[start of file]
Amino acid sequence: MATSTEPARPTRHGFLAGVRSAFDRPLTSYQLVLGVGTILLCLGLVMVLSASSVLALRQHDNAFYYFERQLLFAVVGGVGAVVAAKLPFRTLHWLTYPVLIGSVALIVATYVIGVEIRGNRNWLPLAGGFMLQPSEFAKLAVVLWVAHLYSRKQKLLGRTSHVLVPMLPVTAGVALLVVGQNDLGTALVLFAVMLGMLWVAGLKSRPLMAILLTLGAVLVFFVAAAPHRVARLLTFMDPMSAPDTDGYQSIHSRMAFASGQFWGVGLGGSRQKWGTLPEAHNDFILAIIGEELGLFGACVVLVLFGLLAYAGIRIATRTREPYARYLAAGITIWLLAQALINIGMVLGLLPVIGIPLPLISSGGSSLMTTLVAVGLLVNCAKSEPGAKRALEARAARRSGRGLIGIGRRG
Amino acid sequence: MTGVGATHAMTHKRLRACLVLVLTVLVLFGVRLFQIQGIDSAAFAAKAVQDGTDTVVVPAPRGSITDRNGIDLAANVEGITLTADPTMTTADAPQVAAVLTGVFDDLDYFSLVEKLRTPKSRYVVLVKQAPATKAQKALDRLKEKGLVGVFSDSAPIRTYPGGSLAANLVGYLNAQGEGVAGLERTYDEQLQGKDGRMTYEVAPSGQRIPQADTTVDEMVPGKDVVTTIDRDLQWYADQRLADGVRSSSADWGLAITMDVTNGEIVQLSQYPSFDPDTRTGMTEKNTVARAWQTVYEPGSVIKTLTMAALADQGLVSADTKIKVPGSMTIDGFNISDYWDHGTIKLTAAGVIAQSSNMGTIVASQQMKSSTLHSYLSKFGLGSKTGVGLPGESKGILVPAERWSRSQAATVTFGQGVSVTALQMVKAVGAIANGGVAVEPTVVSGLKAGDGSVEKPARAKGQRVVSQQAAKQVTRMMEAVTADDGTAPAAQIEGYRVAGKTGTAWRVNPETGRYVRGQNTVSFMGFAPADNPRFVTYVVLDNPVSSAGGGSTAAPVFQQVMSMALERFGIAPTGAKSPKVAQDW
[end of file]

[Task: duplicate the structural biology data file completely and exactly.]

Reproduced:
Amino acid sequence: MATSTEPARPTRHGFLAGVRSAFDRPLTSYQLVLGVGTILLCLGLVMVLSASSVLALRQHDNAFYYFERQLLFAVVGGVGAVVAAKLPFRTLHWLTYPVLIGSVALIVATYVIGVEIRGNRNWLPLAGGFMLQPSEFAKLAVVLWVAHLYSRKQKLLGRTSHVLVPMLPVTAGVALLVVGQNDLGTALVLFAVMLGMLWVAGLKSRPLMAILLTLGAVLVFFVAAAPHRVARLLTFMDPMSAPDTDGYQSIHSRMAFASGQFWGVGLGGSRQKWGTLPEAHNDFILAIIGEELGLFGACVVLVLFGLLAYAGIRIATRTREPYARYLAAGITIWLLAQALINIGMVLGLLPVIGIPLPLISSGGSSLMTTLVAVGLLVNCAKSEPGAKRALEARAARRSGRGLIGIGRRG
Amino acid sequence: MTGVGATHAMTHKRLRACLVLVLTVLVLFGVRLFQIQGIDSAAFAAKAVQDGTDTVVVPAPRGSITDRNGIDLAANVEGITLTADPTMTTADAPQVAAVLTGVFDDLDYFSLVEKLRTPKSRYVVLVKQAPATKAQKALDRLKEKGLVGVFSDSAPIRTYPGGSLAANLVGYLNAQGEGVAGLERTYDEQLQGKDGRMTYEVAPSGQRIPQADTTVDEMVPGKDVVTTIDRDLQWYADQRLADGVRSSSADWGLAITMDVTNGEIVQLSQYPSFDPDTRTGMTEKNTVARAWQTVYEPGSVIKTLTMAALADQGLVSADTKIKVPGSMTIDGFNISDYWDHGTIKLTAAGVIAQSSNMGTIVASQQMKSSTLHSYLSKFGLGSKTGVGLPGESKGILVPAERWSRSQAATVTFGQGVSVTALQMVKAVGAIANGGVAVEPTVVSGLKAGDGSVEKPARAKGQRVVSQQAAKQVTRMMEAVTADDGTAPAAQIEGYRVAGKTGTAWRVNPETGRYVRGQNTVSFMGFAPADNPRFVTYVVLDNPVSSAGGGSTAAPVFQQVMSMALERFGIAPTGAKSPKVAQDW